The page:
Tax credits and deductions for the disabled.
April 17, the last day to file taxes, is fast approaching. But last-minute filers with disabilities shouldn’t despair. Thanks to funding from the Walmart Foundation, eligible taxpayers across the nation still have time to maximize their tax refunds and file their federal and state taxes online or in person for free through tax filing provider MyFreeTaxes.com .
Five Credits and Deductions:
1. File and get all the tax credits and deductions you deserve. Did you know you could be leaving money on the table by not filing your taxes? Many taxpayers with disabilities who receive federally funded benefits wrongly fear that a tax refund will jeopardize their benefits. But the fact is, tax refunds are not counted as income when determining other federally funded public benefits. So by not filing taxes, you may be missing out on tax credits for which you are eligible and leaving money that is rightfully yours unclaimed. One in five Americans fail to claim the Earned Income Tax Credit (EITC) each year. You do not need to be married, have children, owe taxes or give up your public benefits to get the EITC. You just need to have earned less than $50,000 in income from employment or self-employment, be between the ages of 25-65, and file a tax return. Calculate your EITC benefits by visiting http://bit.ly/mytaxbackapp. For a helpful list of other tax credits and deductions you may be eligible for, visit http://bit.ly/taxcreditlist.
2. Skip the tax preparer and file online or onsite, in-person for free. You’ll have to gather all relevant documents and receipts whether you do your taxes yourself or pay a preparer. If you earned below $57,000 in 2011, use MyFreeTaxes.com to file both your federal and state taxes. MyFreeTaxes.com provides easy-to-follow directions and saves your work at every step. If you earned less than $50,000 in 2011, you can take advantage of free, in-person Volunteer Income Tax Assistance (VITA) sites through United Way in more than 100 communities nationwide. Enter your zip code on to locate the nearest free filing center or call 2-1-1.
3. Avoid late payment penalties. If you owe taxes, you’re probably waiting until the last minute to file. Rushing through the process can increase your chances of making a mistake and may cause you to miss out on your highest possible deductions. With only a short time left, prepare your documents now. Check out www.MyFreeTaxes.com <http://bit.ly/taxlist> for a handy checklist to help get your taxes in order.
4. Keep your receipts. In particular, those having to do with your vehicle (gas, parking, repairs, auto registration), medical expenses, charity donations, and business expenses, especially if you are self-employed or have incomes outside your full-time job. These expenses may reduce your self-employment income, which means you pay less in taxes.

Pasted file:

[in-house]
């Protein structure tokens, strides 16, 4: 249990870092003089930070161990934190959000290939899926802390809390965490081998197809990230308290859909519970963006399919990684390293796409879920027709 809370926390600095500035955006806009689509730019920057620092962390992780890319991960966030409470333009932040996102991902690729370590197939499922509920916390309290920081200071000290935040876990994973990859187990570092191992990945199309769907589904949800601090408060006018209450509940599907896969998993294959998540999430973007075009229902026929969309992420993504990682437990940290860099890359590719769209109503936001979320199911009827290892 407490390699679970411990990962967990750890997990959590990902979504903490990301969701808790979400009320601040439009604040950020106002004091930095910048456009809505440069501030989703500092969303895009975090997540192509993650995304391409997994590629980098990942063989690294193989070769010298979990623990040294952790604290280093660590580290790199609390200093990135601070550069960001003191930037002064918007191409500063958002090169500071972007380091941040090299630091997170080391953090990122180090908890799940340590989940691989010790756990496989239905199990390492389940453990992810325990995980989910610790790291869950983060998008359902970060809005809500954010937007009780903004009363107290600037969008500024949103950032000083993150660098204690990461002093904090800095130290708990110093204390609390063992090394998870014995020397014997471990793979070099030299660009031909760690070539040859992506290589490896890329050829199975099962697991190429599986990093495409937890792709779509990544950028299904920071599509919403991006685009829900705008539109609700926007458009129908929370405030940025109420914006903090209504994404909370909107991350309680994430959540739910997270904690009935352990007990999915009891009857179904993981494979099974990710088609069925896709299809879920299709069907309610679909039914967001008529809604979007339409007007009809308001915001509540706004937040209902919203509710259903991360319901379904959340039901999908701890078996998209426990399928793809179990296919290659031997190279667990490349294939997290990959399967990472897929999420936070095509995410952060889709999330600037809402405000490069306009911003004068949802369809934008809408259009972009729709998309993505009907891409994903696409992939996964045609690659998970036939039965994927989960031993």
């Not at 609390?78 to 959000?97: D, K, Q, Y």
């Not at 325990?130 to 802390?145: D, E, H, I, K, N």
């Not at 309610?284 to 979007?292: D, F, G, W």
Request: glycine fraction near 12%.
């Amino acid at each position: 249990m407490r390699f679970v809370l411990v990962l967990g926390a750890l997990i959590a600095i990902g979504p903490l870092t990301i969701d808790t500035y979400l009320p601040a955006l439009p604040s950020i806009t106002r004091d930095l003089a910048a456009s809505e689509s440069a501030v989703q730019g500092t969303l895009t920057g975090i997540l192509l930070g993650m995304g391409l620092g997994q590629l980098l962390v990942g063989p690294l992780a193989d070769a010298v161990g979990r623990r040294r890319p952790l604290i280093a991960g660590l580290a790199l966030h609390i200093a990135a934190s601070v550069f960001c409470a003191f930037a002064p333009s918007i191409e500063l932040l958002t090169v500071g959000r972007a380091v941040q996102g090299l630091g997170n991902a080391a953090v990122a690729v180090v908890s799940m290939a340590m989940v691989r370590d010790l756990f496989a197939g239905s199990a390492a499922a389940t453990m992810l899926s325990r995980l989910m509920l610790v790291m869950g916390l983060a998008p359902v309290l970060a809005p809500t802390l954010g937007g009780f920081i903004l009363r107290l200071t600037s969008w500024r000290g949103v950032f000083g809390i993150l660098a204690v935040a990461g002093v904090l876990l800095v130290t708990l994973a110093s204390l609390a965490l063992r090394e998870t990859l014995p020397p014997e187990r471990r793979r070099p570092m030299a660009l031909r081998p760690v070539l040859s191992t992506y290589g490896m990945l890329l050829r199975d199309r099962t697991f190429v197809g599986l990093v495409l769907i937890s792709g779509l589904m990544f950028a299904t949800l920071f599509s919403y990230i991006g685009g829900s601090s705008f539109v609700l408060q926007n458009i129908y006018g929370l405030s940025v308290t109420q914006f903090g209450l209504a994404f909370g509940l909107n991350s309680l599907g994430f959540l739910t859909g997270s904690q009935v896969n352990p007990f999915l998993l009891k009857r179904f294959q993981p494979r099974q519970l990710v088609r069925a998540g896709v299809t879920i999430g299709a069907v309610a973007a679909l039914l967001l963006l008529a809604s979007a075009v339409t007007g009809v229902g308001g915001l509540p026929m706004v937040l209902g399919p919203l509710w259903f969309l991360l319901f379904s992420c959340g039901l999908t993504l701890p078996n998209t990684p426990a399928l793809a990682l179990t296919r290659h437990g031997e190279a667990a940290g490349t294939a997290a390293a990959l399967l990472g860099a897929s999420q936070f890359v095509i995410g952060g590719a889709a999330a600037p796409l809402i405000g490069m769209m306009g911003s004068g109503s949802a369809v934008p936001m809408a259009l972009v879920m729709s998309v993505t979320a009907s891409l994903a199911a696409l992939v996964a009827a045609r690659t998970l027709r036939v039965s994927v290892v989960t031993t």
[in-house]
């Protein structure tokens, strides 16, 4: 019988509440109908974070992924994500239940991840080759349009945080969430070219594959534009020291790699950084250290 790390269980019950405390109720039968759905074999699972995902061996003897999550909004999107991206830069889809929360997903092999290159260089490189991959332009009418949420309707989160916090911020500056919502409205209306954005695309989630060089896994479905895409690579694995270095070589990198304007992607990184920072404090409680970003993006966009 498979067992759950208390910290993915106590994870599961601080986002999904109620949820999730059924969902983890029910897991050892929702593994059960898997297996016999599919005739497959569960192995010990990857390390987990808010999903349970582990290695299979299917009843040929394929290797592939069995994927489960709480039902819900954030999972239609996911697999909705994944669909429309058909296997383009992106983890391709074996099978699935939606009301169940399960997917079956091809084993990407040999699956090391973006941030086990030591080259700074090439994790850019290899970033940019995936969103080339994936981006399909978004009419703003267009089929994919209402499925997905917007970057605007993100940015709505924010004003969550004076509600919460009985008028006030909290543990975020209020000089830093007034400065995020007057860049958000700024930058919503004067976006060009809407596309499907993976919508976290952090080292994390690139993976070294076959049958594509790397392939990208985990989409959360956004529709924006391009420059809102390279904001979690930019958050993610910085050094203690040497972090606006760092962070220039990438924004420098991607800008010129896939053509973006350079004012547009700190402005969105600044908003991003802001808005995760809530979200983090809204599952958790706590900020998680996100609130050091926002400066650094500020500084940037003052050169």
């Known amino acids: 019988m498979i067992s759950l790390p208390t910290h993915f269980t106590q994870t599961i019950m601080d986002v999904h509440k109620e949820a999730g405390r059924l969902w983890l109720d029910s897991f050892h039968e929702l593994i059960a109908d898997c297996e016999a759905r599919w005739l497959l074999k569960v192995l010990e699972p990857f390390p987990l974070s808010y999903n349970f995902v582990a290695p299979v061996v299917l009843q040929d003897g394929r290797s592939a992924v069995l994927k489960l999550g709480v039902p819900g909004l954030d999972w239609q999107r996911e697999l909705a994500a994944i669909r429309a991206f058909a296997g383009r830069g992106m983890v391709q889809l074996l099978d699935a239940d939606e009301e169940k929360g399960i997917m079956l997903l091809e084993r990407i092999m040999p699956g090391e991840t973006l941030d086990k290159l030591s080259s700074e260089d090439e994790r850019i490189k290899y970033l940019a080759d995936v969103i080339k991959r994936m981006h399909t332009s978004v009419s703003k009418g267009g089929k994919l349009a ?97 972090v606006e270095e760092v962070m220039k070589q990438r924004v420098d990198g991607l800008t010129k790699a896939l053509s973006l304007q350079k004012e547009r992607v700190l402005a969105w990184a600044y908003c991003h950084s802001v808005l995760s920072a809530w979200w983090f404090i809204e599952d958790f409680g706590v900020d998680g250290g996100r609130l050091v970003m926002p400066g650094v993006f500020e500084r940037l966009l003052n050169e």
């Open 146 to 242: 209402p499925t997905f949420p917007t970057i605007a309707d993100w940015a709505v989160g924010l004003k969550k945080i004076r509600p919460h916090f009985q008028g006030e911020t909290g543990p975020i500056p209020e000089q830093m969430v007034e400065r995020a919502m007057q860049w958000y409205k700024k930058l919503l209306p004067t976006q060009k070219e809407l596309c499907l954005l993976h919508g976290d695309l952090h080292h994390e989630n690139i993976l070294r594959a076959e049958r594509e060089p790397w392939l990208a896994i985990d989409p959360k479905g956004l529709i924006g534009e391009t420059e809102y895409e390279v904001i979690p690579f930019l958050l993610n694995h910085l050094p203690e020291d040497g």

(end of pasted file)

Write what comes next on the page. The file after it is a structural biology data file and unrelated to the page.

5. Save your refund for rainy days. Your refund is not a gift from the IRS – it is part of what you earned. Use it wisely. Get your refund deposited directly into your savings account or use it to order paper bonds. One in four people in the US are unbanked or underbanked and savings bonds can make an ideal refund option for people not receiving public benefits. Series I Savings Bonds have a current 3.06% rate that’s better than most savings accounts.
While tax refunds are not counted as income for publicly funded benefits, refunds can be counted as assets after a period of time (often nine months) if the refund puts you above the benefit asset limit (often $2,000 per individual/$3,000 per couple but can vary from state to state). If you receive federally funded public benefits such as SSI and your tax refund takes you over the $2,000 asset limit, you may want to look into qualifying for and opening an Individual Development Account (IDA), a federally-matched savings account and financial education program that helps you save for a home, college, job training or starting a business. Important note: If you receive publicly funded benefits and wish to open an IDA, you need to make sure you work with a program that receives federal IDA funding so the asset limit for publicly funded benefits will not apply. If you open an IDA not funded with federal dollars, funds will count toward the $2,000 asset limit ($3,000 for couples) and can affect or cause you to lose benefits.
Do your homework and find a federally funded IDA provider near you through the federal Office of Community Services in the U.S. Department of Health and Human Services